Sixth-graders’ project links learning, creativity
By Marcy Stamper
When Methow Valley Elementary sixth-graders picked “Water Provides” as the theme for this year’s National Free Fishing Day, it showed how completely they had absorbed the interconnection of water for farmers, fish and virtually everyone in the community.
Early this month, the students translated this theme onto linoleum blockprints in a project led by Methow Arts. While Methow Arts has done this project in the schools for the past 25 years, the blockprints now tie in with a lesson called Salmon Recovery in the Classroom. In this multi-disciplinary unit, the students have spent the past several months learning about the ecology of the Methow watershed and salmon.
“This project provides real-world examples of how we, as a community, depend on the health of the watershed for our livelihood — and how all our lives are closely tied to water,” said John Crandall, Methow monitoring coordinator with the Methow Restoration Council, who has been helping teach the salmon-recovery unit. “We all value the water we have, and we all use it and see it in different ways.”
In addition to learning about the watershed and salmon biology, the students are rearing 175 summer Chinook in three tanks at the school. During their study of the salmon life cycle, the students have watched the fish hatch from eggs and seen them grow into tiny fish, still barely 2 inches long. Before the end of the school year, they’ll release the salmon to the river to start them on their journey to the ocean.
The salmon unit lends itself to interdisciplinary learning, part of the International Baccalaureate approach that the Methow Valley School District adopted two years ago. The classes recently tromped through the snow to collect data at two potential release sites — the Washington Department of Fish and Wildlife floodplain on the Methow River off the Old Twisp Highway, and the Twisp River Rearing Ponds.
After analyzing riparian vegetation, water quality and temperature; measuring pebbles; and looking at macroinvertebrates, the students graphed their data to figure out which site would provide better habitat for the fish, said Methow Elementary sixth-grade teacher Tyler Slostad.
“That was the cool thing about the data — it was very real,” said Slostad. Students had to weigh the parameters carefully to choose the best spot, since certain macroinvertebrates were more plentiful at one site, but pebbles were better at the other, he said. The students ultimately chose the Twisp Ponds.
The sites were different enough in riparian cover and water temperature to show how much variation there can be, even in a relatively small area, said Crandall. “Whether they knew it or not, the kids were doing some big-time math and science,” he said.
In another segment of the unit, the students conducted a town-hall meeting where they represented different roles — such as an irrigator, a director of a conservation organization, a dam operator, a tribal member, or a hatchery manager — to understand how interconnected everyone’s use of water is.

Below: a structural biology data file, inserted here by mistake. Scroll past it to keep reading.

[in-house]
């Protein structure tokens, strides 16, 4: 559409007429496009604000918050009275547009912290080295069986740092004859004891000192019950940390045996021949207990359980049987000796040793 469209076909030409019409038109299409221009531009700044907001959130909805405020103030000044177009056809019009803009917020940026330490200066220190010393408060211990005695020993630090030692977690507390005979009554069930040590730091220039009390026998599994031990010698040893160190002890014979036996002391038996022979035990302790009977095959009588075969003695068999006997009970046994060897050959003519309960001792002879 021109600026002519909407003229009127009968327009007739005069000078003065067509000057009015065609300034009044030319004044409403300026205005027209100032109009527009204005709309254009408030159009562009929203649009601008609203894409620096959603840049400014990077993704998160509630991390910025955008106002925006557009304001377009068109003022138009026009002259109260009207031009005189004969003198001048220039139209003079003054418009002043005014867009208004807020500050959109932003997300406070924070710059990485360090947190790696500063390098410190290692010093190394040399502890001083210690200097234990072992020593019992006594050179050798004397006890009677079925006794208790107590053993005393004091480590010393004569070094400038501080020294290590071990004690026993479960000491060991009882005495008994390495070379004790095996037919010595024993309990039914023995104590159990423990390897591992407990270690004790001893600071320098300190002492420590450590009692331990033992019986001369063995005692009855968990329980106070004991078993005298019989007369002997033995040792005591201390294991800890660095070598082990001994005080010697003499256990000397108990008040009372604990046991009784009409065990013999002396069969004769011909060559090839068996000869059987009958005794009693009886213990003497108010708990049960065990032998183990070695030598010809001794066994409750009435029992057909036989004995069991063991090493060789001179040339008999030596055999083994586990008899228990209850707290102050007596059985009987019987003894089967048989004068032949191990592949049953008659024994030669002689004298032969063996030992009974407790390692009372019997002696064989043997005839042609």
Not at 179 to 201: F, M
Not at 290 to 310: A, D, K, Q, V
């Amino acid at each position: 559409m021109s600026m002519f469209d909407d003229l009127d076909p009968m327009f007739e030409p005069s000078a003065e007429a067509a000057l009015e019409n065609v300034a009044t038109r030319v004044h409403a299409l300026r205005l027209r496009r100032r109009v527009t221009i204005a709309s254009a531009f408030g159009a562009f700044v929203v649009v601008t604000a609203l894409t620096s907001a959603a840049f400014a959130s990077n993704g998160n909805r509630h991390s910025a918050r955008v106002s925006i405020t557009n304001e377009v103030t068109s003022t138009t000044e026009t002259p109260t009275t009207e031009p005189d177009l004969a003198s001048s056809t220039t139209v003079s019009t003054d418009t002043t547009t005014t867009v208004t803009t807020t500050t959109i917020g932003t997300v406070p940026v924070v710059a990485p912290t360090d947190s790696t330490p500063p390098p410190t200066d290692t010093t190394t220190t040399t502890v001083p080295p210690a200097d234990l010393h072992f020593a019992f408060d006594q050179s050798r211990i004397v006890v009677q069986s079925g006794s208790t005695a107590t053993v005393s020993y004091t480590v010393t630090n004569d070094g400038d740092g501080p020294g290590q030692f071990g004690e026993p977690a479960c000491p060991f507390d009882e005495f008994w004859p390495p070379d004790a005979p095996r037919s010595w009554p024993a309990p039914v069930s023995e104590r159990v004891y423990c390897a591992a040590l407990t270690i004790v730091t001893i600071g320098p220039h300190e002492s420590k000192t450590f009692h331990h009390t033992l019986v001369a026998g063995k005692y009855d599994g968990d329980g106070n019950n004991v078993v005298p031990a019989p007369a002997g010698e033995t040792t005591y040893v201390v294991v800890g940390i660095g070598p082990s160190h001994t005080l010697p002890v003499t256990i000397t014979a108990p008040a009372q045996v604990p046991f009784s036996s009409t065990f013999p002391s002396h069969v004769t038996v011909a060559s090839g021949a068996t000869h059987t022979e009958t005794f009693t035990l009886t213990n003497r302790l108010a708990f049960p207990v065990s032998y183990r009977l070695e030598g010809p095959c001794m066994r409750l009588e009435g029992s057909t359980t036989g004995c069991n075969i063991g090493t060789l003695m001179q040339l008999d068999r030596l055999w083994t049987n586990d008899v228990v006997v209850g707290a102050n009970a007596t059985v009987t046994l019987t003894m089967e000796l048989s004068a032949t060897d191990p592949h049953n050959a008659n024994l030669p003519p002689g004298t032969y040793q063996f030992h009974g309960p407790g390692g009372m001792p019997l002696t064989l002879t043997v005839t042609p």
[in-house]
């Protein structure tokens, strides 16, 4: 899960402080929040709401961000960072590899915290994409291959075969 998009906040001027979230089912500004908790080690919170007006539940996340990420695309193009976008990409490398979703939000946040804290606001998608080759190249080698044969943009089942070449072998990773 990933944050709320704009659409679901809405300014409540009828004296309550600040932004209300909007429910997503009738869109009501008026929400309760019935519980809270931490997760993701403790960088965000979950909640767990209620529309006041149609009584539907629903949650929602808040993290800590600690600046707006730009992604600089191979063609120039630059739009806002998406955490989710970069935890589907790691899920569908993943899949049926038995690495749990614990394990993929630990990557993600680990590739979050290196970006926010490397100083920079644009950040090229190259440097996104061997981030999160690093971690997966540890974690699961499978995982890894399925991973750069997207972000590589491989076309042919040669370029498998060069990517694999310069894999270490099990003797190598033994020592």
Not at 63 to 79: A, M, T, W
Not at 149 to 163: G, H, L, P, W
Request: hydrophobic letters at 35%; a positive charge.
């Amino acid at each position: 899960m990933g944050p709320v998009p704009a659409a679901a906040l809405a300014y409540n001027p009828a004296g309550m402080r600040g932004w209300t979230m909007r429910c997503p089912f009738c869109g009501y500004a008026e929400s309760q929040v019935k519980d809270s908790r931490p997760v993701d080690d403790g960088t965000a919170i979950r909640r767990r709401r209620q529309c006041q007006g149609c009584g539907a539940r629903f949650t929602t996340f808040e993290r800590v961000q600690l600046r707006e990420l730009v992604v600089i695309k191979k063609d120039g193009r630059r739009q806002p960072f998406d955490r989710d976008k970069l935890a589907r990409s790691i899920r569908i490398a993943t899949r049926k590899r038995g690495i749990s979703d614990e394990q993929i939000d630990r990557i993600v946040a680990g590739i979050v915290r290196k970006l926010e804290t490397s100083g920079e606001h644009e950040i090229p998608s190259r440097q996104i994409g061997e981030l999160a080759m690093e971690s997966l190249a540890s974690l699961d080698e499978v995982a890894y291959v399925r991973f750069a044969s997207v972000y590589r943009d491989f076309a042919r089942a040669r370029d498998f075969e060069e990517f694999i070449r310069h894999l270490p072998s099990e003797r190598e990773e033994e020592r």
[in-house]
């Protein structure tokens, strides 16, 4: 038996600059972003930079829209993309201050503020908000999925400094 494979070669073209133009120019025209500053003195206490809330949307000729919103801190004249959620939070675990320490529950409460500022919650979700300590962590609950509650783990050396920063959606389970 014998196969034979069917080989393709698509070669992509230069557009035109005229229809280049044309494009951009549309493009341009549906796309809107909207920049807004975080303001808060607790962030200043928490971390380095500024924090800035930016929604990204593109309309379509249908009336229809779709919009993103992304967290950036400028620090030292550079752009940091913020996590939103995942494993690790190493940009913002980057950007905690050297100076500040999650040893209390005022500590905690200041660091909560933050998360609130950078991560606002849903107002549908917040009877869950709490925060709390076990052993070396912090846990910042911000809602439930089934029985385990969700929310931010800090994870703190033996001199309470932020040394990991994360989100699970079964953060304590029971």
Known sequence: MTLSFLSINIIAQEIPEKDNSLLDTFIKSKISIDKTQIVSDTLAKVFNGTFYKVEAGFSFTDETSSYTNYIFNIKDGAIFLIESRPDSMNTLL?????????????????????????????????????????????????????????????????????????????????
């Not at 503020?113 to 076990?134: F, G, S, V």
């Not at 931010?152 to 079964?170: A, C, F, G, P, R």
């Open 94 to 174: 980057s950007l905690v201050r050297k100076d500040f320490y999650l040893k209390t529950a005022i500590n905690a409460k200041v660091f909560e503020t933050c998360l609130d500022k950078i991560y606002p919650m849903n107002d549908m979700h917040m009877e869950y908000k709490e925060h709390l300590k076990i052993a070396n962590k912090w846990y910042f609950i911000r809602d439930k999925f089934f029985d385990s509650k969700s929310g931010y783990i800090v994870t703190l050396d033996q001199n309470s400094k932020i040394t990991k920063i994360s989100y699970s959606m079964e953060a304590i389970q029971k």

The discussions showed that, regardless of role, we all need clean, cold water, said Crandall. “We’re dependent on salmon — and they’re dependent on us,” he said.
For the blockprint project, three artists-in-residence from Methow Arts helped the students create bold designs, patterns and texture. “This turtle is a fun image — it has all these geometric patterns,” said Emily Post, who has been co-leading the blockprint unit for 10 years with printmaker Laura Gunnip.
Because blockprinting involves so many steps — from the initial drawing, to transferring the design to linoleum, to carving and inking it for printing — it’s a satisfying project for young artists, said Post. It’s not uncommon for students who have trouble focusing on other subjects to become completely engrossed when working on art, she said. “It’s super-engaging the whole time,” she said.
Student art has been integrated into fishing day since at least 1992, when kids first designed a T-shirt, said Jennifer Molesworth, a fisheries biologist and artist who was helping with the blockprints.
Many of the prints are featured in a free calendar about Living with the Methow River, which is produced by the Methow Restoration Council in collaboration with Methow Arts and the U.S. Bureau of Reclamation. But all the students make multiple prints so they can take home originals.
Kids seemed to revel in the freedom of the “Water Provides” theme. One drew a dolphin, one created a beaver, and another a bear. Some carved delicately branching flowers and trees.
Lucy Tobiska Doran carved a swan under a moon. “I really love birds, and a swan is so majestic and beautiful, so I aimed for it to be surreal,” she said.
Mariah Paz created a wolf with fish leaping out of the river. “I liked the idea of a lone wolf,” she said. “At least, in my house, my family calls me a ‘lone wolf’ — because I’m just different.”
Rhain Wagan, who’d never carved blockprints before, used her experience with white-water rafting to capture an unusual, aerial perspective of a raft, resulting in a distinctive geometric design.
Gage Wilson decided to draw a taco. The students learned that water is connected to everything, so he asked, “How else could you raise beef and lettuce?” said Post. Before he was finished, Wilson did more sketching to turn it into a genuine fish taco.
“Everything is related to water, so it’s pretty open,” said Post.
This year’s National Free Fishing Day, complete with arts booths and hands-on trout-fishing and fly-casting opportunities, is June 10 at the Winthrop National Fish Hatchery from 10 a.m. to 2 p.m.